I’m rather surprised by how much good ink “In The Gloaming” is getting. I wrote that story as a deliberate pastiche of the EC Horror comics that I grew up with (and the pre-code reprints that came out in the 80s). It’s probably the most derivative thing I’ve ever written, and certainly one of the easiest–I think it took me an afternoon, once I came up with basic idea.
But that’s not the only nugget of knowledge in that thread.
Bestselling literary critic Jeffro Johnson chimed in by pointing out the modern writers are weak on plotting:
+Misha Burnett It’s just like +Kevyn Winkless was saying. Today’s writers are experts in everthing EXCEPT how to create a plot. The type of story you were emulating is old hat to you, but you can’t tell me you can pick up anthologies and magazines at B&N that do anything remotely like that. The techniques you use are, as +Nathan Housley pointed out, literally magic. In today’s milieu, that means that your flawless execution is going to be a bombshell. All the more so since you are going up against the most abominable of Mythos derivatives. You cannot go out and buy that right now. You just can’t
And Burnett follows up by telling us how so much modern writing simply copies the surface features of the genres it imitates:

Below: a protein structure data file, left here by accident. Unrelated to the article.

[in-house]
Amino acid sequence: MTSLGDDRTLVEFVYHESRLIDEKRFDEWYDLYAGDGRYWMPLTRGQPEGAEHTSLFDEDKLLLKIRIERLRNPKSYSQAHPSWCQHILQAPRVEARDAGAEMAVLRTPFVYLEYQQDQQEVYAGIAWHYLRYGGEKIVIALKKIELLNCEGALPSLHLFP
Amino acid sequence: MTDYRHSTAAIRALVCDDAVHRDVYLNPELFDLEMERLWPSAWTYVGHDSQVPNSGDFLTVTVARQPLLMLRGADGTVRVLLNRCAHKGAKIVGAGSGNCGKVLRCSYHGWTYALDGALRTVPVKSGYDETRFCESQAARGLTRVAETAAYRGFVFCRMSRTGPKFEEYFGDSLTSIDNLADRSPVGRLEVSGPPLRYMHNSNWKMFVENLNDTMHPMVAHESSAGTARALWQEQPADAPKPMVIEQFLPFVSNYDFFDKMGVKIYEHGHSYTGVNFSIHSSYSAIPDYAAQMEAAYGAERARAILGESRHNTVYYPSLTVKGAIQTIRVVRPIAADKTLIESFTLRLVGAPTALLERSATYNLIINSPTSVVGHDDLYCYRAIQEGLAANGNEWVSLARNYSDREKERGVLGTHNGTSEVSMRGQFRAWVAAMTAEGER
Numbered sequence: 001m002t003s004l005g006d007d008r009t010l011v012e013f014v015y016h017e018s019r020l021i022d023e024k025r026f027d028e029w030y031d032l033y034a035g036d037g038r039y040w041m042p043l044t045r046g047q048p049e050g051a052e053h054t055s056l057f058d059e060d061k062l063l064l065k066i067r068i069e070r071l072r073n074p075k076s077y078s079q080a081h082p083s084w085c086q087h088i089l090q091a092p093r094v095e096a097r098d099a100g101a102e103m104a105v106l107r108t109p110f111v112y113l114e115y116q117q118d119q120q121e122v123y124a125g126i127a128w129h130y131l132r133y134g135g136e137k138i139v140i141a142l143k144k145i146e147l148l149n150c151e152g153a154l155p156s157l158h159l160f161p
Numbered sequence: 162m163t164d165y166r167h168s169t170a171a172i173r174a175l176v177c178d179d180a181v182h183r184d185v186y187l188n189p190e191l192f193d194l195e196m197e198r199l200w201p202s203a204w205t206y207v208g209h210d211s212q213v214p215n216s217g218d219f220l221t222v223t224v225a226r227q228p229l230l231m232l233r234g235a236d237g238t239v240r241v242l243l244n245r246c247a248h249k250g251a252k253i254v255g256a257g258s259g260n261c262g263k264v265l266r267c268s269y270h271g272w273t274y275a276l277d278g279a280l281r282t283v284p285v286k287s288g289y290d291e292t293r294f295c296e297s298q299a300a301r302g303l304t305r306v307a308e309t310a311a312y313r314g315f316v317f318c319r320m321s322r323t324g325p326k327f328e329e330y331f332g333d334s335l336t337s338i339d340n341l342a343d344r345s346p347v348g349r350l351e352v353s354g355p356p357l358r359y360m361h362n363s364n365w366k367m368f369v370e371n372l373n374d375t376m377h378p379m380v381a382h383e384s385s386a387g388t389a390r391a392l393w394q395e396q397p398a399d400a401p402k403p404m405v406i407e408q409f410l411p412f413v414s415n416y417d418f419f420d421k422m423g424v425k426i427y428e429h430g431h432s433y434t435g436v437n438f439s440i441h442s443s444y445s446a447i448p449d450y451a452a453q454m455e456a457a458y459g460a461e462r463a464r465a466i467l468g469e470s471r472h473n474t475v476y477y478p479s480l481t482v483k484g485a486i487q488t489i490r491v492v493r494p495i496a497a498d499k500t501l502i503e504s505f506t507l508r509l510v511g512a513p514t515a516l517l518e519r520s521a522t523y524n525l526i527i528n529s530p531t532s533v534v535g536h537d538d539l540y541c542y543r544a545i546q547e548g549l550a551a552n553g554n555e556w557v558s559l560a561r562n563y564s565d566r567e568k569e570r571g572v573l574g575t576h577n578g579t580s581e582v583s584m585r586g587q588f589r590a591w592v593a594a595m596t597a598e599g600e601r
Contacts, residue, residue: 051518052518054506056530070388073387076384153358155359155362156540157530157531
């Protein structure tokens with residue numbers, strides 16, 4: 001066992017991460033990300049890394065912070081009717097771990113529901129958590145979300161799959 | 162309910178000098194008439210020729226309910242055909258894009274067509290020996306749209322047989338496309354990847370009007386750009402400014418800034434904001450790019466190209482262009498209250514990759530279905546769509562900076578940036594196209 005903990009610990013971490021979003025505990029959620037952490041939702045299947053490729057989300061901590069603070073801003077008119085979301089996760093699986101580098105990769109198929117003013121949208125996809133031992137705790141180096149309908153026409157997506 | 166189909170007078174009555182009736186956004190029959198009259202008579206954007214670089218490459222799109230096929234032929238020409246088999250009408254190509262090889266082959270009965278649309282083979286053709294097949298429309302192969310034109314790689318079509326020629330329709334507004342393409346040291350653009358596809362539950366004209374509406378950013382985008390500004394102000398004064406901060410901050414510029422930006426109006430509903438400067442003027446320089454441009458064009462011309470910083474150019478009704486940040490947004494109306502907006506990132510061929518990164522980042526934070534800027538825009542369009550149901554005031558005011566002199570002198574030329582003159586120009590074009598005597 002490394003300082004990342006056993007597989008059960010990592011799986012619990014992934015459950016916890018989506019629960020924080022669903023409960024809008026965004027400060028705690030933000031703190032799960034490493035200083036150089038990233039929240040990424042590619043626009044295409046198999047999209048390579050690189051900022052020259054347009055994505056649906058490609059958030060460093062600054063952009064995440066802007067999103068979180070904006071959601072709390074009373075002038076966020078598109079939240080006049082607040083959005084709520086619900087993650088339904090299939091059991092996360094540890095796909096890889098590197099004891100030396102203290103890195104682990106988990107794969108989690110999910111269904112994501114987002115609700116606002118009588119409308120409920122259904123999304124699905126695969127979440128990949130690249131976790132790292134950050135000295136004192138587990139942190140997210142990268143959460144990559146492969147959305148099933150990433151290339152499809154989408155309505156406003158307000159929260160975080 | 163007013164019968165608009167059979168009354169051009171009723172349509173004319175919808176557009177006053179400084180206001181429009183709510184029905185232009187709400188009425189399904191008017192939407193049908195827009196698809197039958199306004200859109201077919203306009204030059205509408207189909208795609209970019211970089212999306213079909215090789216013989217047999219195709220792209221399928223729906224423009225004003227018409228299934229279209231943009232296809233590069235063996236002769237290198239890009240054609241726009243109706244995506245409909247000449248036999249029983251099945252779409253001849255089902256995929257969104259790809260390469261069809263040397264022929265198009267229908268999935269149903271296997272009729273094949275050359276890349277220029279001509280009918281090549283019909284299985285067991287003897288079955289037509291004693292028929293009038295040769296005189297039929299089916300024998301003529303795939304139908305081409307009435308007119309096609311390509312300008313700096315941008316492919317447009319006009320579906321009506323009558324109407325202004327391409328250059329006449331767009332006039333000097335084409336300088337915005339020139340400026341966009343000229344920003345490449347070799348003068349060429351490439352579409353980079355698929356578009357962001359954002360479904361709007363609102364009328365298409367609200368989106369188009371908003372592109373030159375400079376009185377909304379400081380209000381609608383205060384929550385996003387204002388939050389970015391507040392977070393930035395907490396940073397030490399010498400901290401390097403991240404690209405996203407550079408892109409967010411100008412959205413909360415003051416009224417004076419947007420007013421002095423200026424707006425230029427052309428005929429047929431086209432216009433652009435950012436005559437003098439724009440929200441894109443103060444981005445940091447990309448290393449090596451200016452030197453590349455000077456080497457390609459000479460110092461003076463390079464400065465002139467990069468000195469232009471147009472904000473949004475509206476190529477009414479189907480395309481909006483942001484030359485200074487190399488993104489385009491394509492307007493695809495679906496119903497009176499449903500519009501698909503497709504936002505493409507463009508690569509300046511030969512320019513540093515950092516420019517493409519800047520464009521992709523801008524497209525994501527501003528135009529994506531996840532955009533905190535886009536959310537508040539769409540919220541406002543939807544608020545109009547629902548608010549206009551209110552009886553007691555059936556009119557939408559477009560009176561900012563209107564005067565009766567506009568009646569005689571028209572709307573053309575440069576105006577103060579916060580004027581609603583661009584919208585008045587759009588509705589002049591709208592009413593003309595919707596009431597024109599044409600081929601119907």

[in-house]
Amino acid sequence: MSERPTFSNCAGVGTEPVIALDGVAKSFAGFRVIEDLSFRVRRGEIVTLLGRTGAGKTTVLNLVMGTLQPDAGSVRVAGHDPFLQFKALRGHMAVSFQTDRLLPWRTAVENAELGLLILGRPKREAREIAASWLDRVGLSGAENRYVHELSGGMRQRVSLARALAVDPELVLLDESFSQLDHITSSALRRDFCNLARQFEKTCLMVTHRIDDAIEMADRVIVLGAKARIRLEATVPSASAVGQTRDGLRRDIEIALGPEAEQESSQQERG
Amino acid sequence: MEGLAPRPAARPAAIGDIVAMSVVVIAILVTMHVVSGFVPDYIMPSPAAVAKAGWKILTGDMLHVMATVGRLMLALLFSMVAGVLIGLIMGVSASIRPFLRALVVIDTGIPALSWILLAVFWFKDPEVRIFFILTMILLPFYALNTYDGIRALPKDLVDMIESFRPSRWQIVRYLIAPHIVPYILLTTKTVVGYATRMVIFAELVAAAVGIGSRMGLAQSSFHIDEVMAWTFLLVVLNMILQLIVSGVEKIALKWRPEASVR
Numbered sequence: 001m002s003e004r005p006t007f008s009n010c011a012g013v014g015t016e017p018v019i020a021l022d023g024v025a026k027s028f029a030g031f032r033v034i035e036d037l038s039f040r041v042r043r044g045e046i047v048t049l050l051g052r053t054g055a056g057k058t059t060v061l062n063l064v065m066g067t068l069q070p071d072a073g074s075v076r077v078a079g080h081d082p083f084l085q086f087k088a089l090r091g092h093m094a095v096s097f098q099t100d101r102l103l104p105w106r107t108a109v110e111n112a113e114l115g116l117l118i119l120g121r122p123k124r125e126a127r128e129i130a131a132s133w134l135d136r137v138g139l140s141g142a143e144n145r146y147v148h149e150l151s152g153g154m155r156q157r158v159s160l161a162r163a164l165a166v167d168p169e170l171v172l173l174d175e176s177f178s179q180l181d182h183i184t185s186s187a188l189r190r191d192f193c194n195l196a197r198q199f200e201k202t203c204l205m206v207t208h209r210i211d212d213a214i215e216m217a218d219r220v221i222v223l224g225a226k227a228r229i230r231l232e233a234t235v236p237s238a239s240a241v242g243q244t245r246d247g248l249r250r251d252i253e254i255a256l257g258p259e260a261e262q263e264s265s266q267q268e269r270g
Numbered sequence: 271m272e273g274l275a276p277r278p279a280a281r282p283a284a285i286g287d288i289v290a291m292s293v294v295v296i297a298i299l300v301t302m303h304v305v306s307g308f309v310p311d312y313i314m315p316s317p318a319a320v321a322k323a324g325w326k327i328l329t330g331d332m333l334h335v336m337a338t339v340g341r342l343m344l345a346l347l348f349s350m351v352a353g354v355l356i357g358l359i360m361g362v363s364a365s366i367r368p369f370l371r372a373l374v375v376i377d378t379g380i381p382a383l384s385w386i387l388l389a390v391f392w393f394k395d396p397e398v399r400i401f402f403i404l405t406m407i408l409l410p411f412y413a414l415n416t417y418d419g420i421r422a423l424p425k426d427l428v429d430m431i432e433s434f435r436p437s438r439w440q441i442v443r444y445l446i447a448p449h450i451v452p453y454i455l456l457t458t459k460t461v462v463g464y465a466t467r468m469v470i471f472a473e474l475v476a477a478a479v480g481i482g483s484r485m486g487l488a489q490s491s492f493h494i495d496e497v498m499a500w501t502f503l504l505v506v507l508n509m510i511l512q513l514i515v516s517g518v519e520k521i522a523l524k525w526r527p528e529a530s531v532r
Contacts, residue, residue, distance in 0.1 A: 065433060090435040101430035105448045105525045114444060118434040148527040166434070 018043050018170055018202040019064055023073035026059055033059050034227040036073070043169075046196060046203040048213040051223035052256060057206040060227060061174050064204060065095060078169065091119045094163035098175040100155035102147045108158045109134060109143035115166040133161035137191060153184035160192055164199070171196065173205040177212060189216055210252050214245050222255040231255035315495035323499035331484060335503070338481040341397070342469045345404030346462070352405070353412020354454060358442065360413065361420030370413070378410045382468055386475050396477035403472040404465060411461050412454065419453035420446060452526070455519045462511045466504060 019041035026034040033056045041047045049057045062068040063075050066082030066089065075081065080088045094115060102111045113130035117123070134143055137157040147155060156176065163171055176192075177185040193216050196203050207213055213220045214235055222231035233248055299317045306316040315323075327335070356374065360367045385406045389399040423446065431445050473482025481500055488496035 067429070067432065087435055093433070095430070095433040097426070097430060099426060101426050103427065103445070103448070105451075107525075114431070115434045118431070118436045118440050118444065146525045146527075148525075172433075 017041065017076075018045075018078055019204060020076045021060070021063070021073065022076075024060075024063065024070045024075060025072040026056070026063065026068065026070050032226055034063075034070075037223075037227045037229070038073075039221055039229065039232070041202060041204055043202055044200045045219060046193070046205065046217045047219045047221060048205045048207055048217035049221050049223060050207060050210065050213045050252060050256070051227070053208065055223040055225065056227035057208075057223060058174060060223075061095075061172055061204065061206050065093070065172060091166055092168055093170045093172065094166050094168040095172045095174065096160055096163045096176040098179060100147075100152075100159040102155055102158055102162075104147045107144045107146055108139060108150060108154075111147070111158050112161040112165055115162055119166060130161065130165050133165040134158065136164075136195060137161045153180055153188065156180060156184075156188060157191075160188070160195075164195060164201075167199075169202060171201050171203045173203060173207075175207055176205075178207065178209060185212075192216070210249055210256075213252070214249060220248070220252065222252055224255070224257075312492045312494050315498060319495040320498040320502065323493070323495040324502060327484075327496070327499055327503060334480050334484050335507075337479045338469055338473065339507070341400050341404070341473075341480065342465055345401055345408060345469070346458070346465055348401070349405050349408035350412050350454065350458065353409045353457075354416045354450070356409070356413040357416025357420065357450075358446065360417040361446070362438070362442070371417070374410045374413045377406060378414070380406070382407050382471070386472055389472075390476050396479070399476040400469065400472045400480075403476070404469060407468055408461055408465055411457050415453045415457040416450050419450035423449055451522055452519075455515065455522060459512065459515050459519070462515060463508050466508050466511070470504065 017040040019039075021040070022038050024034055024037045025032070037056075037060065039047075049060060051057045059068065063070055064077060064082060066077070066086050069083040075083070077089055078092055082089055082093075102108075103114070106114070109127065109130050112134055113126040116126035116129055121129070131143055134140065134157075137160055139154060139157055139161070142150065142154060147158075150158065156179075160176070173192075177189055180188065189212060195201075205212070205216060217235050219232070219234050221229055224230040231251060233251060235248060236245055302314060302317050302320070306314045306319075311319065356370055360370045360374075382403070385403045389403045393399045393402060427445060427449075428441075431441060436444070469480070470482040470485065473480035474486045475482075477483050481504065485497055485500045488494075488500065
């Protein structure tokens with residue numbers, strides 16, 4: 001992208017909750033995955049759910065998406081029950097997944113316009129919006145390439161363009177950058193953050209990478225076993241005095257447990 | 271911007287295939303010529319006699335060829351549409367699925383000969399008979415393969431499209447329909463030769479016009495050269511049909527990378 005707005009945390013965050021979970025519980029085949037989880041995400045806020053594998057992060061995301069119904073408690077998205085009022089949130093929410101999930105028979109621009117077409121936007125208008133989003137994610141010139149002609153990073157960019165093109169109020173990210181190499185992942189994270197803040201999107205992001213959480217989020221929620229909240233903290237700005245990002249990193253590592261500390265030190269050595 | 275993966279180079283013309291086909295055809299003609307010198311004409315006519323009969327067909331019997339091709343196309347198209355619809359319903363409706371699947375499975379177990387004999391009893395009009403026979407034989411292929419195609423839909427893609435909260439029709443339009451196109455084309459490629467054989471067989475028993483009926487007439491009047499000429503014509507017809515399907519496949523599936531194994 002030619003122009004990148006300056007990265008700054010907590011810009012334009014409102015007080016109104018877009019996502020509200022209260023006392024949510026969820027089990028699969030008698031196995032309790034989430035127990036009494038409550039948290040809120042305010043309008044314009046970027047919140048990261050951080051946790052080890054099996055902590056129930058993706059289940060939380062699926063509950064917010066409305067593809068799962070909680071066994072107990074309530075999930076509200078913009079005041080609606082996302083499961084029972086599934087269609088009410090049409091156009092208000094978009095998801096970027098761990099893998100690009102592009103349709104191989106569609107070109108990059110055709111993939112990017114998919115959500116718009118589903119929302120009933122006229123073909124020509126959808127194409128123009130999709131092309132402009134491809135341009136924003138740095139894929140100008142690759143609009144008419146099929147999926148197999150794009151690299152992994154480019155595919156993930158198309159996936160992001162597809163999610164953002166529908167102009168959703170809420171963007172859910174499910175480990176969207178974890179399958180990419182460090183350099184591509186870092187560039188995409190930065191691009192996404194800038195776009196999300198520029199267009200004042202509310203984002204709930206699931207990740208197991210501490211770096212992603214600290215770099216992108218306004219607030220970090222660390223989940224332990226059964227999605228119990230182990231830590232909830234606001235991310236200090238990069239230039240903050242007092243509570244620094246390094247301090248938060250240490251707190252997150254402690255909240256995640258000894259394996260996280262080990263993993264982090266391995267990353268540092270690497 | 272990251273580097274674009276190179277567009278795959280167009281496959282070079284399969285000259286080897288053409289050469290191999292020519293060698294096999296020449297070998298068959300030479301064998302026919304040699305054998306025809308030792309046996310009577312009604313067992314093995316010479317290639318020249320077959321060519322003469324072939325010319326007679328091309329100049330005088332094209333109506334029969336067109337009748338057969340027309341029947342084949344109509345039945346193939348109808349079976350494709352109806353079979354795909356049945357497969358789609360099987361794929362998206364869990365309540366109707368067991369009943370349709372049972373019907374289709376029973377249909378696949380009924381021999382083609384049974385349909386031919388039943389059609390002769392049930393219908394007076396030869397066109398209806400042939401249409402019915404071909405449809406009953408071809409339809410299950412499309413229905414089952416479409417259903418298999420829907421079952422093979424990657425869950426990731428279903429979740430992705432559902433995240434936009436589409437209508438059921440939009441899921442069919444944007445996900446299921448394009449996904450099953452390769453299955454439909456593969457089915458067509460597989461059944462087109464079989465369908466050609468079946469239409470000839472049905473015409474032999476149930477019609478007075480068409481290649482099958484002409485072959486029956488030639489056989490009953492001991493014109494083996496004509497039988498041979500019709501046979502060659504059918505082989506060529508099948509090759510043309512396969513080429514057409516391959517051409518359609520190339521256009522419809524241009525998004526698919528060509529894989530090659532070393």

So much of the alleged pastiche or homage fiction these days (“Lovecraftian”, “Hard-Boiled”, “Space Opera” and so on) feels like the “sporty” versions of mid-sized cars that auto makers like to produce.
You’ve got the same engine and drivetrain as everything else on the road, but we’ll stick a spoiler on the back and a tach on the dashboard. The people who buy the cars don’t even know the purpose of those design features, they just look cool.
I see the same sequence of events (I hesitate to call it a plot) repeated over and over, with different trim.
Glue some gears on it, and it’s Steampunk.
Glue some tentacles on it, and it’s Lovecraftian.
Glue some 40s slang on it, and it’s Hard-Boiled.
And so on.
The idea that the structure of the story is a consequence of the overall esthetic just doesn’t seem to occur to people.
This right here is instructive. It’s simply not enough to emulate the most well-known features of a genre; instead, look into what assumptions that classic genre made if you want to truly capture its spirit.
That being said, there is no shame in combining an older aesthetic with a more modern aesthetic — but it requires you to understand why the older aesthetic worked, and how to write it.